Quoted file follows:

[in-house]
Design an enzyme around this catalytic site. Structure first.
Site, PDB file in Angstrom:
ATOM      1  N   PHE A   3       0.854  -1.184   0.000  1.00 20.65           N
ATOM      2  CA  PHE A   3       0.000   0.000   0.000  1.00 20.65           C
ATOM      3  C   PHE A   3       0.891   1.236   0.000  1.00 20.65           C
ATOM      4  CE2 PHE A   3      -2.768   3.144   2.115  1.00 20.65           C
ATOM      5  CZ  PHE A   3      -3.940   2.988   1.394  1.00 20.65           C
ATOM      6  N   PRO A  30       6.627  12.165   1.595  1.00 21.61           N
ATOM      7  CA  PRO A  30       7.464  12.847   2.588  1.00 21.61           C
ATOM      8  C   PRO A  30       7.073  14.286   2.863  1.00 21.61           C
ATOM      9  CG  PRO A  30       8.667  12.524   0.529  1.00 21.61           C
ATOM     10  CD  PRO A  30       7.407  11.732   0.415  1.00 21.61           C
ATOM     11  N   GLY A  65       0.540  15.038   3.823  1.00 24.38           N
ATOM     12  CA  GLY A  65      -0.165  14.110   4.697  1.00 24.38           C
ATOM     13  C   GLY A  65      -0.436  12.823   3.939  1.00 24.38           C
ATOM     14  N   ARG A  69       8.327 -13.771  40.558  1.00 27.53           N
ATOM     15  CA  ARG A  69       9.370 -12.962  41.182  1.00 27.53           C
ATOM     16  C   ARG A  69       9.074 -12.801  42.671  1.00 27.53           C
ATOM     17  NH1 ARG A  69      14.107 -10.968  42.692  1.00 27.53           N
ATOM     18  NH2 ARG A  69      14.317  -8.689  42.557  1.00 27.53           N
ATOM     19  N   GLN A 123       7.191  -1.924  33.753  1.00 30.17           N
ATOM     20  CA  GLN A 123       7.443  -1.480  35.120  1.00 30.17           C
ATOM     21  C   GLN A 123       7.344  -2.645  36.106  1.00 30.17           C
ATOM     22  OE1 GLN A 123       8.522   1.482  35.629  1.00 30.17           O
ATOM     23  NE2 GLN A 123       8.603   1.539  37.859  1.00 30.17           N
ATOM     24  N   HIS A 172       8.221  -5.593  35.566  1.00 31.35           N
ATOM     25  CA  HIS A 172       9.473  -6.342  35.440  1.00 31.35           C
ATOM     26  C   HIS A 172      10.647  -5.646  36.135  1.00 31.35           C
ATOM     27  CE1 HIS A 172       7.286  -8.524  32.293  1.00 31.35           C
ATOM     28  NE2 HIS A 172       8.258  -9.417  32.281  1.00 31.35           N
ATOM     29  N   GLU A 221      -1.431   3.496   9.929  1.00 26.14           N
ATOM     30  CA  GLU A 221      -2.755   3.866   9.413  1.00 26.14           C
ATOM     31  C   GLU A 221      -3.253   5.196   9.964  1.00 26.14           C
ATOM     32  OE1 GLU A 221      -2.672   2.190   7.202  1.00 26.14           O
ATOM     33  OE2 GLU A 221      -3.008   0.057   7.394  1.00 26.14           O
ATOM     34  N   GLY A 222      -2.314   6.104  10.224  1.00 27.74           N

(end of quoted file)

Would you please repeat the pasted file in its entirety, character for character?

[in-house]
Design an enzyme around this catalytic site. Structure first.
Site, PDB file in Angstrom:
ATOM      1  N   PHE A   3       0.854  -1.184   0.000  1.00 20.65           N
ATOM      2  CA  PHE A   3       0.000   0.000   0.000  1.00 20.65           C
ATOM      3  C   PHE A   3       0.891   1.236   0.000  1.00 20.65           C
ATOM      4  CE2 PHE A   3      -2.768   3.144   2.115  1.00 20.65           C
ATOM      5  CZ  PHE A   3      -3.940   2.988   1.394  1.00 20.65           C
ATOM      6  N   PRO A  30       6.627  12.165   1.595  1.00 21.61           N
ATOM      7  CA  PRO A  30       7.464  12.847   2.588  1.00 21.61           C
ATOM      8  C   PRO A  30       7.073  14.286   2.863  1.00 21.61           C
ATOM      9  CG  PRO A  30       8.667  12.524   0.529  1.00 21.61           C
ATOM     10  CD  PRO A  30       7.407  11.732   0.415  1.00 21.61           C
ATOM     11  N   GLY A  65       0.540  15.038   3.823  1.00 24.38           N
ATOM     12  CA  GLY A  65      -0.165  14.110   4.697  1.00 24.38           C
ATOM     13  C   GLY A  65      -0.436  12.823   3.939  1.00 24.38           C
ATOM     14  N   ARG A  69       8.327 -13.771  40.558  1.00 27.53           N
ATOM     15  CA  ARG A  69       9.370 -12.962  41.182  1.00 27.53           C
ATOM     16  C   ARG A  69       9.074 -12.801  42.671  1.00 27.53           C
ATOM     17  NH1 ARG A  69      14.107 -10.968  42.692  1.00 27.53           N
ATOM     18  NH2 ARG A  69      14.317  -8.689  42.557  1.00 27.53           N
ATOM     19  N   GLN A 123       7.191  -1.924  33.753  1.00 30.17           N
ATOM     20  CA  GLN A 123       7.443  -1.480  35.120  1.00 30.17           C
ATOM     21  C   GLN A 123       7.344  -2.645  36.106  1.00 30.17           C
ATOM     22  OE1 GLN A 123       8.522   1.482  35.629  1.00 30.17           O
ATOM     23  NE2 GLN A 123       8.603   1.539  37.859  1.00 30.17           N
ATOM     24  N   HIS A 172       8.221  -5.593  35.566  1.00 31.35           N
ATOM     25  CA  HIS A 172       9.473  -6.342  35.440  1.00 31.35           C
ATOM     26  C   HIS A 172      10.647  -5.646  36.135  1.00 31.35           C
ATOM     27  CE1 HIS A 172       7.286  -8.524  32.293  1.00 31.35           C
ATOM     28  NE2 HIS A 172       8.258  -9.417  32.281  1.00 31.35           N
ATOM     29  N   GLU A 221      -1.431   3.496   9.929  1.00 26.14           N
ATOM     30  CA  GLU A 221      -2.755   3.866   9.413  1.00 26.14           C
ATOM     31  C   GLU A 221      -3.253   5.196   9.964  1.00 26.14           C
ATOM     32  OE1 GLU A 221      -2.672   2.190   7.202  1.00 26.14           O
ATOM     33  OE2 GLU A 221      -3.008   0.057   7.394  1.00 26.14           O
ATOM     34  N   GLY A 222      -2.314   6.104  10.224  1.00 27.74           N